In the seventh minute, he scored the goal of the season. It started in Galway's goalmouth. Dara O Cinneide's 45 was blocked down by Walsh. John Divilly snapped up the ball and raced out to initiate an eight-pass movement down the left flank.- As the ambition of the play increased, Padraig Joyce moved the ball into the centre where Paul Clancy gathered and fired a brilliant pass over the cover and into the arms of the advancing Meehan. It couldn't have been more elegantly served up had the ball come wrapped in a ribbon.

The finish was a cherry. Meehan motored through before letting go a right-foot shot across Declan O'Keeffe and into the corner of the net. Galway maintained their challenge until near the end, but their attack wasn't again to conjure up anything approaching the deadly effect of that goal.

The difference between the teams was defined by the forwards. None of Galway's played particularly well. Half of Kerry's did. Liam Hassett worked tirelessly and kicked three points to mark another fine display in what has been a great year for him. John Crowley's lively display and three points stood as further rebuke to the decision to substitute him two weeks ago.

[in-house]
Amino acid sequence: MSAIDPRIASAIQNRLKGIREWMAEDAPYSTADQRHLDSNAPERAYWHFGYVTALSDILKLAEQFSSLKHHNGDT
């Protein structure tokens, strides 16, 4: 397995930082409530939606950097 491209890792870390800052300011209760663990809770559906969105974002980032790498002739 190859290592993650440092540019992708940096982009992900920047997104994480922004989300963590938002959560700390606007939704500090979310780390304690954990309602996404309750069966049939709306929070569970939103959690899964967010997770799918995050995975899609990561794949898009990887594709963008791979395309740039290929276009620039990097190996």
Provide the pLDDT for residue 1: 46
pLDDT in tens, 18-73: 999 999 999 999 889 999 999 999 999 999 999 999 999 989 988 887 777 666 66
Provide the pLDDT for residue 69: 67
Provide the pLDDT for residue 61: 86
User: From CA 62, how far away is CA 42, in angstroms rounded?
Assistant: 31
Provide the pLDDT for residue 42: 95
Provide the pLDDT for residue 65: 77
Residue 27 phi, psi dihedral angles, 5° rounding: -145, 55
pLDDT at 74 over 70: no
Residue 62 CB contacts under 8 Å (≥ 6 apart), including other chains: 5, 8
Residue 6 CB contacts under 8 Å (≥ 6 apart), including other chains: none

Maurice Fitzgerald entered the fray early. With the match delicately poised, it was if Paidi O Se decided he wasn't going to be hanged for leaving the Cahirciveen virtuoso on the bench any longer. Again, though, the wrong option was persisted with and Fitzgerald laboured fruitlessly at full forward until the overdue decision to move him out was taken in the second half.

At the controls of the team, Fitzgerald had a significant impact. He won ball, used it well and in the space of two minutes pushed Kerry decisively in front. Niall Finnegan had just wasted a good scoring opportunity set up by the tireless Meehan when Fitzgerald won the restart and supplied Hassett for his third point. The match entered its final 10 minutes and with the margin again down to one thanks to a Finnegan free, Fitzgerald again caught the kick-out and soloed through for a point.

Kerry were well served throughout the field, but the full back line was exceptional. Mike Hassett expunged the memories of three years ago with a tight and controlled display on Finnegan. Mike McCarthy learned enough from the drawn match to curtail Derek Savage and made a fabulous block on the Galway corner forward in the 48th minute.

And then there was Seamus Moynihan. All year he has given amazing displays in the alien environs of the full back position. Again on Saturday he was immense in his attention to defensive detail. The team has lost out on his presence further out, but it was significant that just after Galway's goal, the Kerry captain made a galvanising burst from the back to set up a point in reply.

All season his performances have been touched by that ability to respond when the team's need is greatest. His influence has been the single biggest determinant in the success of this memorable campaign.